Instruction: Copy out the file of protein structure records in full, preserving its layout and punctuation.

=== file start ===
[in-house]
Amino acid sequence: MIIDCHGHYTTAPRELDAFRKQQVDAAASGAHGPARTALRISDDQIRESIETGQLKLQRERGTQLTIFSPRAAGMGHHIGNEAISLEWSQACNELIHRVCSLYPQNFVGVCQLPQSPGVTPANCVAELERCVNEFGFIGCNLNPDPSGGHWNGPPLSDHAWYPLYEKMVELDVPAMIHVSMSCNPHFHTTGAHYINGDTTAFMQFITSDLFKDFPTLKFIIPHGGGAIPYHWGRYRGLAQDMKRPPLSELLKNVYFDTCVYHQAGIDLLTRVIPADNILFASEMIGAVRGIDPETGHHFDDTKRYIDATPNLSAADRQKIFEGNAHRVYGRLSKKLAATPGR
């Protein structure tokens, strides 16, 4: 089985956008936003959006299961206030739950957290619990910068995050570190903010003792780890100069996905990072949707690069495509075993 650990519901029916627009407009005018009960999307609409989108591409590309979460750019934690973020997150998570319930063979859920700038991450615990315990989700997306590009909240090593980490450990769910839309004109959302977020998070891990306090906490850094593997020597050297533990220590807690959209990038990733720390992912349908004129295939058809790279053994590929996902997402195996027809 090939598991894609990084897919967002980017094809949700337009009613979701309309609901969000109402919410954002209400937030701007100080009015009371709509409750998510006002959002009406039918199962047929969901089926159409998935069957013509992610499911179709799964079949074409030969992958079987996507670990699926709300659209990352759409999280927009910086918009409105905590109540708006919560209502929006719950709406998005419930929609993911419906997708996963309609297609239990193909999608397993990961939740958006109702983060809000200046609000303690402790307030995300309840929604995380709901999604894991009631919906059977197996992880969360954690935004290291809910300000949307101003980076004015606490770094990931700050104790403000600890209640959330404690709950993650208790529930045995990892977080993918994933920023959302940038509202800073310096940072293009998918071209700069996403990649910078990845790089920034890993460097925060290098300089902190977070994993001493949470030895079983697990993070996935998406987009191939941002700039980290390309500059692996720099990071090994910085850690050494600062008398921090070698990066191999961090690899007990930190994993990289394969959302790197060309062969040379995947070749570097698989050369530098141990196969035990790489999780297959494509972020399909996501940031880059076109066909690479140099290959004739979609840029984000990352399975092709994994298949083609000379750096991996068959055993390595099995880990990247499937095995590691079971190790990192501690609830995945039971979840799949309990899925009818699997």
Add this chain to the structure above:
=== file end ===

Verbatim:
[in-house]
Amino acid sequence: MIIDCHGHYTTAPRELDAFRKQQVDAAASGAHGPARTALRISDDQIRESIETGQLKLQRERGTQLTIFSPRAAGMGHHIGNEAISLEWSQACNELIHRVCSLYPQNFVGVCQLPQSPGVTPANCVAELERCVNEFGFIGCNLNPDPSGGHWNGPPLSDHAWYPLYEKMVELDVPAMIHVSMSCNPHFHTTGAHYINGDTTAFMQFITSDLFKDFPTLKFIIPHGGGAIPYHWGRYRGLAQDMKRPPLSELLKNVYFDTCVYHQAGIDLLTRVIPADNILFASEMIGAVRGIDPETGHHFDDTKRYIDATPNLSAADRQKIFEGNAHRVYGRLSKKLAATPGR
């Protein structure tokens, strides 16, 4: 089985956008936003959006299961206030739950957290619990910068995050570190903010003792780890100069996905990072949707690069495509075993 650990519901029916627009407009005018009960999307609409989108591409590309979460750019934690973020997150998570319930063979859920700038991450615990315990989700997306590009909240090593980490450990769910839309004109959302977020998070891990306090906490850094593997020597050297533990220590807690959209990038990733720390992912349908004129295939058809790279053994590929996902997402195996027809 090939598991894609990084897919967002980017094809949700337009009613979701309309609901969000109402919410954002209400937030701007100080009015009371709509409750998510006002959002009406039918199962047929969901089926159409998935069957013509992610499911179709799964079949074409030969992958079987996507670990699926709300659209990352759409999280927009910086918009409105905590109540708006919560209502929006719950709406998005419930929609993911419906997708996963309609297609239990193909999608397993990961939740958006109702983060809000200046609000303690402790307030995300309840929604995380709901999604894991009631919906059977197996992880969360954690935004290291809910300000949307101003980076004015606490770094990931700050104790403000600890209640959330404690709950993650208790529930045995990892977080993918994933920023959302940038509202800073310096940072293009998918071209700069996403990649910078990845790089920034890993460097925060290098300089902190977070994993001493949470030895079983697990993070996935998406987009191939941002700039980290390309500059692996720099990071090994910085850690050494600062008398921090070698990066191999961090690899007990930190994993990289394969959302790197060309062969040379995947070749570097698989050369530098141990196969035990790489999780297959494509972020399909996501940031880059076109066909690479140099290959004739979609840029984000990352399975092709994994298949083609000379750096991996068959055993390595099995880990990247499937095995590691079971190790990192501690609830995945039971979840799949309990899925009818699997």
Add this chain to the structure above: